1. As Connoiseur indicated, a key concept that is behind some of the troubles with this design is the "SAFE OPERATING AREA"  In general, for a power transistor, this relates tempearature, power dissipation, and likelihood of smoke.  Specifically, for a BJT it is a graph giving a bounding polygon where the transistor is in a "safe" operating condition if the voltage (Vce) and current (Ic) are within the polygon. Note that the safe area is normally specified assuming some duty cycle, and a case temperature.  Knowing the case temperature requires a little math on its own.

2. What you've got in the drawing is an emitter follower.  Unless there's some other criteria  that you're considering, this is not often the best choice for a regulated  power supply.  See the pretty good discussion here: 

http://www.eevblog.com/forum/beginners/variable-regulator-pass-transistor/

But let's look at what's going to happen with the circuit in your drawing. 

Assume for the moment that the input voltage to the LM138 is 40V. (Just for the sake of discussion).  And now let's say that we want a 20V output at about 4 A. Working back from the output, we've got four transistors in parallel, each with its own emitter resistor.

Those resistors need to be small, or they'll have to be very high power widgets. At 4A, with four parallel pass devices, you'll see 1W per ohm in each of the Re . Push that current up to 10A and we're talking 6.25 W/ohm -- A few watts here, and a few watts there, pretty soon you're talking real power.  Your original post suggested Re = 5 ohms.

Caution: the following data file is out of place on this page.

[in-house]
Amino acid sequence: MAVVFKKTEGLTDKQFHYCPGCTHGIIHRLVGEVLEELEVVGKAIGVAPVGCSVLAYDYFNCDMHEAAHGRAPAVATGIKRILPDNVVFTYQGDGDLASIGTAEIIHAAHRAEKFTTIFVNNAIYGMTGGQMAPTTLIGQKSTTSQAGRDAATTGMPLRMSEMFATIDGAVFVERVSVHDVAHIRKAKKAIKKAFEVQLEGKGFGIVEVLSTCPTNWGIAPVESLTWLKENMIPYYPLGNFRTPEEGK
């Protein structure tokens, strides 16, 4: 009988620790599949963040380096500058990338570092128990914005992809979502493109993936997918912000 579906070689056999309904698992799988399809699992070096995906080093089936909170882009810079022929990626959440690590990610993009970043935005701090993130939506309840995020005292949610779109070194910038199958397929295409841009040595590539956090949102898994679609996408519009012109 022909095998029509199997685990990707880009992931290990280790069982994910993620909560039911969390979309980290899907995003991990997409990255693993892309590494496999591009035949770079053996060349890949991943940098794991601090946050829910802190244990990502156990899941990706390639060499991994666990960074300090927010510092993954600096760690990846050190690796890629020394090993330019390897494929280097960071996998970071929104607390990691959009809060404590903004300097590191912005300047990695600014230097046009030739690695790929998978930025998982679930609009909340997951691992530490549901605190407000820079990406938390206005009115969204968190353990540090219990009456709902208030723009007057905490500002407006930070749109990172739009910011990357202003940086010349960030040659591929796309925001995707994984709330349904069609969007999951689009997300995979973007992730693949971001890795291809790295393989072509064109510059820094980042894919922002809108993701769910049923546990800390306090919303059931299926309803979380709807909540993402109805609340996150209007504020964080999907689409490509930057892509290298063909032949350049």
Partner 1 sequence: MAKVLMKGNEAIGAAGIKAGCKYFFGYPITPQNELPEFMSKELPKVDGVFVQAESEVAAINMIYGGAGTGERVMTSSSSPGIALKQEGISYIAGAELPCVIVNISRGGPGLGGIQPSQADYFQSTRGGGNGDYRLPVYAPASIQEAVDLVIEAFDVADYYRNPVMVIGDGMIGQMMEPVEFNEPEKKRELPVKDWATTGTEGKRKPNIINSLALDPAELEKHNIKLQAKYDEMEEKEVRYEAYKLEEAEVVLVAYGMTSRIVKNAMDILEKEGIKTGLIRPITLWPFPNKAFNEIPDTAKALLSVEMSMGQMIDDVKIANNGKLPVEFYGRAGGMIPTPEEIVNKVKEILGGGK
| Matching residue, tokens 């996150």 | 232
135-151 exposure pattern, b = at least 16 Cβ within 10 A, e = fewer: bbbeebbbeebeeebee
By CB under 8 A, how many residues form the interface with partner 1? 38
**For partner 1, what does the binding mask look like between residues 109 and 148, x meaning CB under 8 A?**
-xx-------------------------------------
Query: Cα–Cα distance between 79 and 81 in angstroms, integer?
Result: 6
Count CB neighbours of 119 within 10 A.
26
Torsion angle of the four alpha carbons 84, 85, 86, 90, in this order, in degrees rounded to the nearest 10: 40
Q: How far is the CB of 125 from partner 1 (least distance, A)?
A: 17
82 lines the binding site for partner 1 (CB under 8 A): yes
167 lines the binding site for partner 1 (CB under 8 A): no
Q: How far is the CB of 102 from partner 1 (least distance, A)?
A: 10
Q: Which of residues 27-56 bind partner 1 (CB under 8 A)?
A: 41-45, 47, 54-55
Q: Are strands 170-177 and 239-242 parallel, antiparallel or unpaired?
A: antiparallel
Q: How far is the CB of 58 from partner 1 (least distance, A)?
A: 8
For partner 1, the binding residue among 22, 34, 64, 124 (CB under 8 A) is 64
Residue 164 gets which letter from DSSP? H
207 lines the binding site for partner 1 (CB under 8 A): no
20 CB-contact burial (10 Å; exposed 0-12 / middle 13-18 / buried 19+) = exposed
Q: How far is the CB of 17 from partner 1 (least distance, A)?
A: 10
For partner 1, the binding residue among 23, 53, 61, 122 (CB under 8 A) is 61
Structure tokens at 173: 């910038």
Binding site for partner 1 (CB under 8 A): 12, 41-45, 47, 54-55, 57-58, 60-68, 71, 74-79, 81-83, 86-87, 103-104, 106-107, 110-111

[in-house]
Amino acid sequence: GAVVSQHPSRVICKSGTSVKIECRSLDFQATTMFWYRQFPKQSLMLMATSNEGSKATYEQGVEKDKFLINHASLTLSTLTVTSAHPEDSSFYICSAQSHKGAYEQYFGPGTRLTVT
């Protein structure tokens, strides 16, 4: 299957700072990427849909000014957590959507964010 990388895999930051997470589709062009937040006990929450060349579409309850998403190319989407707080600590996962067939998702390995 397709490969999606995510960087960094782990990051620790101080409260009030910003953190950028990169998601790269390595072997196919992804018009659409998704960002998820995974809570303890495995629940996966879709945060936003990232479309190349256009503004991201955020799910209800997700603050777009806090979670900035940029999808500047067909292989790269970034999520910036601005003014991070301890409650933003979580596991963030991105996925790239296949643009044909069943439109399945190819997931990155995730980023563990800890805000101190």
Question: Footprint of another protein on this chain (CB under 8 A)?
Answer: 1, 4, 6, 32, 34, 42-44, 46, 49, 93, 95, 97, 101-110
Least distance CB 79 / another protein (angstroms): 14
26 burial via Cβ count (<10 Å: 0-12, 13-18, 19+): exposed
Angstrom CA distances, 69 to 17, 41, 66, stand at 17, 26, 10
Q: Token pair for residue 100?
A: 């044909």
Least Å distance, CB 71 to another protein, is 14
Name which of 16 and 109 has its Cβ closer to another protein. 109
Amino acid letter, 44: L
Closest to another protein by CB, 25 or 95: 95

If we go to the 5ohms that your initial figures suggested, this is what happens:

If we set the LM138 feedback when we have 0 load, the voltage at the 138 output will be something like 21 V.  Let's take the load up to 4A. Then we'll be dropping 1A * 5 ohms or 5V through each of the series devices.  That means your original 20V open circuit voltage dropped to 15V under load.

If the load draws 20A then you're realling in the soup, since each Re is passing 5A through 5ohms and the 25V drop across Re puts the emitter above the base.  That's clearly nonsense, so what will really happen is Vout will drop to some voltage where the load current, emitter drop, Vbe, and Vb all conspire to please Kirchoff. But Vout won't be anywhere near 20V. 

So, 5ohms for the emitter resistor is clearly not right.  Normal values should put you on the order of 0.1 ohms or so...

Emitter followers don't make for very good regulation unless you sense the actual output.  But there are interesting problems when you introduce that kind of feedback, since it is possible to design a combination DC supply and oscillator all in the same widget.

-------

A second consideration is the power dissipation.  I'm assuming that you want this power supply to cover some range of voltages, perhaps 5 V to 20V?  Let's now consider what happens in the transistors when you draw 4A at 5V.  Vce will now be 35V (remember the input voltage was something like 40V).  And each transistor is passing 1A.  So each transistor has to dissipate 35 Watts of thermal energy somewhere.  The data sheet shows a contour for "1s" duration.  Frankly, I don't do power electronics much (I design loads, not supplies.. ;)  )  but I suspect that continuous duty won't be quite as generous as the 1s contour.